• 30. Use of Government ResourcesNon-Public Information: Protect nonpublicinformation from unauthorized disclosure. Nonpublicinformation includes:  Classified information  Internal DoD information (e.g., deliberative records)  Privacy Act-Protected Records (e.g., personnel records)  Budgetary  Confidential Procurement Information (e.g., bid, proposal, and source selection)  Trade SecretE.g., You may not use non-public information forpersonal business, teaching, speaking, or writing. 30
    • 31. Use of Government ResourcesGovernment Motor Vehicles•Official Purposes Only•Essential to DoD function•Use consistent with purpose for which vehicle wasacquired 31
    • 32. Use of Government ResourcesGovernment Motor Vehicles•Official Use • Meetings, site visits • Conferences, place of duty•Unofficial Use • Attending official ceremony in personal capacity • Buying supplies for unofficial office event 32
    • 33. Use of Government ResourcesGovernment Motor VehiclesOfficial Business - Away from Duty StationWhen TDY, May Use Government Motor Vehicle:•Between temporary lodging and Places of official business•Places for health and comfort(Restaurants, drugstores, cleaning establishments, etc.) Beware•Not to distant restaurants if adequate restaurants arecloser•Not for entertainment or recreational purposes 33
    • 34. Use of Government ResourcesGovernment Travel CardsMust be used for Official ExpensesExceptions:  Vendors do not accept card  Laundry, parking and local transportationTravel Approval Authority has complete list ofexceptions 34
    • 35. FundraisingLogistical Support (Not Personnel) JER 3-211b, DoDD 5410.18 Command may provide support when No interference with official duties; no detraction from readiness Serves DoD relations with immediate community, DoD public affairs interests, or military training interests Appropriate to associate DoD with event Event is of interest and benefit to local community or DoD Command is able and willing to provide same support to comparable events sponsored by similar NFEs Not restricted by other statutes DoD support is incidental to fundraiser 35
    • 36. FundraisingLogistical Support (Personnel) 5 C.F.R. § 2635.808 Mere Attendance Official Speech 36
    • 37. FundraisingMere Attendance 5 C.F.R. § 2635.808(a)(2): DoD personnel may merely attend a fundraiser in their official capacity if the sponsor does not use their attendance to promote the event JER 3-200: DoD personnel may attend NFE meetings or similar events in their official capacity if there is a legitimate Federal Government purpose No active or visible participation 37
    • 38. FundraisingPersonal Fundraising DoD personnel may fundraise in their personal capacities provided that they: Act exclusively outside scope of official duties Do not use or permit others to use their official titles, positions, organization names, or any authority associated with their office to assist the fundraising Do not solicit in the Federal workplace Do not personally solicit from subordinates or prohibited sources Person-to-person versus group Behind-the-scenes participation 38
    • 39. Political Activities Members on Active Duty should not engage in partisan political activity, and members not on active duty should avoid inferences that their political activities imply or appear to imply official sponsorship. DoDD 1344.10, para 4. Members of the Armed Force may not wear the uniform during or in connection with furthering political activity or when an inference of official sponsorship for the activity maybe drawn. DoDI 1334.01, para 3.1.2. 39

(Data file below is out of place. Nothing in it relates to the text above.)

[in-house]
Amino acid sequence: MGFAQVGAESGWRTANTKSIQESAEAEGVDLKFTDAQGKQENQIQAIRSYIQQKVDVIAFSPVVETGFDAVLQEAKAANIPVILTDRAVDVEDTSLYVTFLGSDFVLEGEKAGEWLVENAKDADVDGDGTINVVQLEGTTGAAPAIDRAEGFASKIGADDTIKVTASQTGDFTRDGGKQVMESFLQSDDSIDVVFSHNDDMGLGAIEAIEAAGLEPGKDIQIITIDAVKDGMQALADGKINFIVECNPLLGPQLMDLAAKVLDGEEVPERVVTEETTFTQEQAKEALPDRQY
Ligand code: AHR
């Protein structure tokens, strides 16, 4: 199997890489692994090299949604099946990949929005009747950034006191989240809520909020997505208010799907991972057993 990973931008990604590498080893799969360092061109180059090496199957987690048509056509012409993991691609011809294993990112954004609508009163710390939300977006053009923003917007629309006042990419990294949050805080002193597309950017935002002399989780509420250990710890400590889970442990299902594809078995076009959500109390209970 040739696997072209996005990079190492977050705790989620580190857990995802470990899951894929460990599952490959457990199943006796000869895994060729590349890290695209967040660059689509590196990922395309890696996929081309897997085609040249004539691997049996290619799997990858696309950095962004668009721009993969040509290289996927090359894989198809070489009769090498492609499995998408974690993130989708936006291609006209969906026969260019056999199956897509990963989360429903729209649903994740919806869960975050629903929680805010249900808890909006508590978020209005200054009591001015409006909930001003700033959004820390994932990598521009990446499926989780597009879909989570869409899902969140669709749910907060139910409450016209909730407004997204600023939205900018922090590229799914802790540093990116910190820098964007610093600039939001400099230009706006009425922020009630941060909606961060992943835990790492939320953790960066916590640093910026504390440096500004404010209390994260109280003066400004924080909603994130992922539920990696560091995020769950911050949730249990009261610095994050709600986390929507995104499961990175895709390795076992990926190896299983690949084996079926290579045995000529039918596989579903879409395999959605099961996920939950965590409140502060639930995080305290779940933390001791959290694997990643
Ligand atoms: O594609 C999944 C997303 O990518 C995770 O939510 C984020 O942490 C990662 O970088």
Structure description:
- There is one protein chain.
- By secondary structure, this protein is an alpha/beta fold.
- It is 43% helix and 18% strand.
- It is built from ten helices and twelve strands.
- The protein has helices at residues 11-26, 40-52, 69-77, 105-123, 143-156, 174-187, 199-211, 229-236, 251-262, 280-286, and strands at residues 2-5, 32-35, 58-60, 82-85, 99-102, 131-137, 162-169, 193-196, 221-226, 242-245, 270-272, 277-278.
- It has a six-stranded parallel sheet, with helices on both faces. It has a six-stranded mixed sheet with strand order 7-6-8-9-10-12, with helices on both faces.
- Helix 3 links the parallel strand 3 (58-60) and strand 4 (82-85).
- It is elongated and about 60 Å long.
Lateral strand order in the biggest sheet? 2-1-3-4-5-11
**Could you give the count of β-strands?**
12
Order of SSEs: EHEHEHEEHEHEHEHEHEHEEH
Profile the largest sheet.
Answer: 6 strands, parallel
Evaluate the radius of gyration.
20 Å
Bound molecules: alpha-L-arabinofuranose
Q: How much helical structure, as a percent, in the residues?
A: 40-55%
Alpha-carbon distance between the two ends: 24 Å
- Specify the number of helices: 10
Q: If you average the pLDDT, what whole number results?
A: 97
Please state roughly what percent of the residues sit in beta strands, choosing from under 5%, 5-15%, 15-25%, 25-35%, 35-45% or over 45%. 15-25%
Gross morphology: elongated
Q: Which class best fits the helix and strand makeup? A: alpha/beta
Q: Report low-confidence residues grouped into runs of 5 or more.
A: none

• 40. Political Activities Permitted political activities. Limited “private citizen” standard. Permitted activities include:  Register, vote and express personal opinions;  Encourage other military members to exercise voting rights;  Join a political club, and attend political meetings and rallies as a spectator when not in uniform;  Make monetary contributions to a political organization;  Sign petitions for specific legislative action or place candidate’s name on the ballot;  Write letters to the editor expressing personal views (so long as not part of organized letter writing campaign);  Bumper stickers on private vehicles. 40
    • 41. Political Activities Does not preclude personal participation in local nonpartisan political activities, so long as:  Not in uniform.  No use of Government property or resources.  No interference with duty.  No implied Government position or involvement. 41
    • 42. Political Activities Prohibited political activities. A military member may not:  Use official authority to influence or interfere;  Be a candidate for, hold, or exercise functions of a civil office,  Participate in partisan political campaigns, speeches, articles, TV/radio discussions;  Serve in official capacity/sponsor a partisan political club;  Conduct political opinion survey;  Use contemptuous words (10 U.S.C. § 888);  March or ride in partisan parades;  Participate in organized effort to transport voters to polls;  Promote political dinners or fundraising events;  Attend partisan events as official representative of Armed Forces;  Display large signs/banners/posters on private vehicles. 42
    • 43. Off-Duty Employment Basic Rule  Basic Rule-5 C.F.R. §2635.802  Employees shall not engage in outside activities that conflict with official duties  Activity conflicts exist when:  prohibited by statute or regulation  or would require disqualification from matters so central to official duties that ability to perform duties of position is materially impaired 43
    • 44. Off-Duty Employment Commands may require prior reporting of outside employment May prohibit if detracts from readiness or poses a security risk “Agency Designee” must approve employment of SF-278/OGE 450 filer by prohibited source Applies on terminal leave 44
    • 45. Off-Duty EmploymentTeaching, Speaking & Writing Rule DoD employees may not receive compensation for teaching, speaking or writing if: It’s part of their official duties, They’re invited because of their official position or invitation is from a prohibited source, Activity draws on non-public information, Subject deals with matter they’re assigned to now or during previous 1-year period, OR Subject deals with any announced or ongoing DoD policy, program or operation (5 CFR 2635.807(a)) 45
    • 46. References Specific guidance for DoD personnel may be found on the DoD Standards of Conduct Office (SOCO) website at http://www.dod.mil/dodgc/defense_ethics/ See in particular:  In DoD 5500.7-R, Joint Ethics Regulation  “Employees’ Guide to the Standards of Conduct,” located on the “SOCO Publications & Handouts” page, under the “Ethics Resource Library” on SOCO’s website. 46